Immediately following the election result, an Arizona company, Halstead Bead Inc. (supported by the Pelican Institute for Public Policy, the National Taxpayers Union Foundation and the Goldwater Institute), filed suit against the Louisiana Department of Revenue and three Louisiana parishes in the U.S. District Court for the Eastern District of Louisiana. In short, the plaintiff contends that the Louisiana economic nexus compliance requirement represents an undue burden on interstate commerce, and a violation of constitutional due process.
What does this mean?
In the three years since the landmark South Dakota v. Wayfair decision, the sales tax community has been wondering whether a business would attempt to challenge a particular state’s economic nexus standard on Commerce Clause and/or due process grounds. Remember in the text of the Wayfair decision, the Court did not rule out the possibility that a particular state’s requirement could represent an undue burden or a due process violation. To the contrary, Justice Kennedy detailed how South Dakota made sales tax compliance simple through state administration of local taxes, uniform definitions, a simplified rate structure and other uniform rules – all of which are required components of their membership in the Streamlined Sales and Use Tax Agreement (SSTUA). With all that said, the fact that a challenge ultimately occurred in a complex state like Louisiana (which is not a member of the SSUTA) should not be surprising.
However, companies still evaluating nationwide sales tax compliance options must keep this case in the proper context. First and foremost, this is not an overarching threat to the nationwide economic nexus standard. In fact, the plaintiffs go out of their way to differentiate the challenges attendant to compliance in Louisiana versus the rest of the country. Further, even as it relates to Louisiana itself, we are at the very earliest stages of the litigation. A final decision by the U.S. District Court is months away and depending on the outcome, Louisiana or the plaintiff can appeal the decision to a higher federal court.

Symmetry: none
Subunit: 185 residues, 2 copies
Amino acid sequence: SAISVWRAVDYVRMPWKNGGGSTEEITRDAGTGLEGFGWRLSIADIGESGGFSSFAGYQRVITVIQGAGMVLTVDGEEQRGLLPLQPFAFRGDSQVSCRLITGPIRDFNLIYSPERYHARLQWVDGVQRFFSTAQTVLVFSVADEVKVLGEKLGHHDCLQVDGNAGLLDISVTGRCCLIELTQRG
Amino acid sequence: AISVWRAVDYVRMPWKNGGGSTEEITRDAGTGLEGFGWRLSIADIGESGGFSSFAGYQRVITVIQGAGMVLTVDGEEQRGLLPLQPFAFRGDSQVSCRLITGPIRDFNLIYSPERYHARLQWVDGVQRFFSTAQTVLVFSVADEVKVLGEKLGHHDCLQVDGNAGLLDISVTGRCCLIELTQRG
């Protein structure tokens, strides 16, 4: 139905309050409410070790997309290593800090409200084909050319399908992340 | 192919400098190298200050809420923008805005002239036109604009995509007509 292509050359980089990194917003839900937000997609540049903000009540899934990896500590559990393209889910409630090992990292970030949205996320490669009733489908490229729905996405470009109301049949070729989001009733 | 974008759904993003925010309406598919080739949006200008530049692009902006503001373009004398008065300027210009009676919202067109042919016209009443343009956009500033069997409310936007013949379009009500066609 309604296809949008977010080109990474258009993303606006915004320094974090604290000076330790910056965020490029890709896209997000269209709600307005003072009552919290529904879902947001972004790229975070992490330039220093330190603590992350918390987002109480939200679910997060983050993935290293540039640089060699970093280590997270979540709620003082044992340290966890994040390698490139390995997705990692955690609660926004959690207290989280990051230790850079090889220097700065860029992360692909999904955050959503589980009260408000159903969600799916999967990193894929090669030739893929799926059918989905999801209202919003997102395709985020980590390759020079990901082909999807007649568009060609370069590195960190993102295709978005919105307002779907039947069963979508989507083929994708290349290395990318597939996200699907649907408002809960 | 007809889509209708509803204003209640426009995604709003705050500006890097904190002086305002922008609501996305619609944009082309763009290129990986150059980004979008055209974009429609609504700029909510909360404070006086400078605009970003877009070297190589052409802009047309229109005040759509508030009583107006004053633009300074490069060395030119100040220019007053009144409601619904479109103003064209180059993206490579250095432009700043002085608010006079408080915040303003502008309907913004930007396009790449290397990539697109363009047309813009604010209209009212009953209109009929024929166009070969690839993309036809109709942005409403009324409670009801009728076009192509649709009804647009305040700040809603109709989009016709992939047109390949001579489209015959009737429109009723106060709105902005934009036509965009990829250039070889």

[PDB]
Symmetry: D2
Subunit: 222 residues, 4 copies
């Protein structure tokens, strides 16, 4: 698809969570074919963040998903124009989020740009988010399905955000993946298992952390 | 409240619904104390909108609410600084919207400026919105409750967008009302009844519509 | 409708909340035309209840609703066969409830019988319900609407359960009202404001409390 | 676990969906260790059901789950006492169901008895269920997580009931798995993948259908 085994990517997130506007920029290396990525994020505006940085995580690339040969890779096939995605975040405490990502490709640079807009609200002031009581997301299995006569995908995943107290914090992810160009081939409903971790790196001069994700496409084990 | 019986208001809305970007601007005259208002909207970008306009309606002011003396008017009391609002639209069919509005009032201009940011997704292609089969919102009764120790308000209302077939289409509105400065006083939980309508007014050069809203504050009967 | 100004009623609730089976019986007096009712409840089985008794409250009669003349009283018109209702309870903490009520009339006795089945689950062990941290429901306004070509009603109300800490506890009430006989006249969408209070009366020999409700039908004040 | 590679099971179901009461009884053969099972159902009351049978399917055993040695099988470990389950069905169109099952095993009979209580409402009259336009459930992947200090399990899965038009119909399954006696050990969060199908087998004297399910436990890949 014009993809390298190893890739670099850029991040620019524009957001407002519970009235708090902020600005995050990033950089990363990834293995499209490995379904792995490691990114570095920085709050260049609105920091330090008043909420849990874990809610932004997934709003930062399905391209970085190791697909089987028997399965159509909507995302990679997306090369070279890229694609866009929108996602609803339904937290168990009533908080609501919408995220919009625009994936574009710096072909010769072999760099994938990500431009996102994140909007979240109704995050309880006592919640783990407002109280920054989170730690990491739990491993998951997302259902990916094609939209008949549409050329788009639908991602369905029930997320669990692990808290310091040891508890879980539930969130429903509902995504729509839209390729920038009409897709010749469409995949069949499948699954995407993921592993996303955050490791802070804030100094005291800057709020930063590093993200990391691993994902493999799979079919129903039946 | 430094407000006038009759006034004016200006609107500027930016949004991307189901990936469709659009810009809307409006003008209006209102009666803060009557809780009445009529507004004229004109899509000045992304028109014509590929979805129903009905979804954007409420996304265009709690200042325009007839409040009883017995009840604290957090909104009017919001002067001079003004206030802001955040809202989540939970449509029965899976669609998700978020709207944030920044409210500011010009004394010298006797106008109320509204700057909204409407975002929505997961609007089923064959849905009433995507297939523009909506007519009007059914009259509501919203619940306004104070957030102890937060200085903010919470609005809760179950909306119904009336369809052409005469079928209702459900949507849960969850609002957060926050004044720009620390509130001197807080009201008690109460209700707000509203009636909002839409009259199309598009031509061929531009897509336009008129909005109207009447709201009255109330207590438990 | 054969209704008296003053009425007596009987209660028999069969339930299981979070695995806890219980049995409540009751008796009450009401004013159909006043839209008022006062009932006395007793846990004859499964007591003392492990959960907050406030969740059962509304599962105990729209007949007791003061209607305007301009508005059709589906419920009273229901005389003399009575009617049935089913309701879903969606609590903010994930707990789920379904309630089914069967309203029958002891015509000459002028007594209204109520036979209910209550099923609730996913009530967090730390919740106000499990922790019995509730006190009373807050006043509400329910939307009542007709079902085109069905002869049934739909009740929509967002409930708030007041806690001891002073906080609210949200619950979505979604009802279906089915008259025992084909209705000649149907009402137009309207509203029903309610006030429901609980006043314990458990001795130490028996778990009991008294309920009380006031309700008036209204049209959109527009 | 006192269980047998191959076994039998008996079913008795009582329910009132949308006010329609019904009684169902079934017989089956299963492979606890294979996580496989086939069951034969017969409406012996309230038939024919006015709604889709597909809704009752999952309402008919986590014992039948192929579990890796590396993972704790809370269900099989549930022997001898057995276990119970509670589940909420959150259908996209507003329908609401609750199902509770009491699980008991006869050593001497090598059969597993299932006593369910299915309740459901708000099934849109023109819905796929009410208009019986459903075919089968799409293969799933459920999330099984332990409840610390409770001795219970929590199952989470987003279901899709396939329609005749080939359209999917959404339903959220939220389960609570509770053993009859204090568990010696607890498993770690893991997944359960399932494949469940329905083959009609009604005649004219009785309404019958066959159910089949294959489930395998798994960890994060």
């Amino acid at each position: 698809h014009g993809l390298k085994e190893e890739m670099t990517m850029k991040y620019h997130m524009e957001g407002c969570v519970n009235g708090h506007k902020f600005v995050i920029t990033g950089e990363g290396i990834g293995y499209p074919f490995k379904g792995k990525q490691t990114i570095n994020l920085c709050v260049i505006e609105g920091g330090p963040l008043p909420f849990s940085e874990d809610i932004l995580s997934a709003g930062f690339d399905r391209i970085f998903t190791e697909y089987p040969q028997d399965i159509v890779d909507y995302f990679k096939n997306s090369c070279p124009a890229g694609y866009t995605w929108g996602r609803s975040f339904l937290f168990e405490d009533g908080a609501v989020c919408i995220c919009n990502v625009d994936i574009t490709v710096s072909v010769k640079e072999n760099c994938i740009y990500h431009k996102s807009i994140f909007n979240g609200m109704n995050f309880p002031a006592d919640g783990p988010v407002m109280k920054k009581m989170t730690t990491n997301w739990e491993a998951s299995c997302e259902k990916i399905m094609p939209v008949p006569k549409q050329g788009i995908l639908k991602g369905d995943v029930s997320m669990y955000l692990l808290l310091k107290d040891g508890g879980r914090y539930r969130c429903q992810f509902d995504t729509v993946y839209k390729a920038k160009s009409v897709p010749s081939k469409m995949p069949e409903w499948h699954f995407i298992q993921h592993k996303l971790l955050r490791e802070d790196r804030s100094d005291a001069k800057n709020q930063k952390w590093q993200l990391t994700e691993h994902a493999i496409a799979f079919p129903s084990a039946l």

Reading the complaint closely reveals that Halstead Bead details several complexities (e.g., local registration and filing) but fails to acknowledge the simplifications offered by the existing Commission for Remote Sellers aimed directly at making these requirements more manageable. The complaint also fails to recognize the availability of affordable software solutions, which essentially eliminate the need for individual sellers to keep up with tax rates, rules and that can accurately identify the county, city and district tax rates associated with any given street address.
While tax practitioners will undoubtedly watch developments in Louisiana closely, sellers cannot afford to put their compliance efforts on hold. With the Wayfair decision three years in the rear-view mirror, all signs point to more states becoming increasingly aggressive in enforcing economic nexus standards through audits leading to significant tax, penalty and interest assessments.
Check out our annual Sales and Use Tax report for insights and guidance to understanding the ever-evolving tax rules and regulations.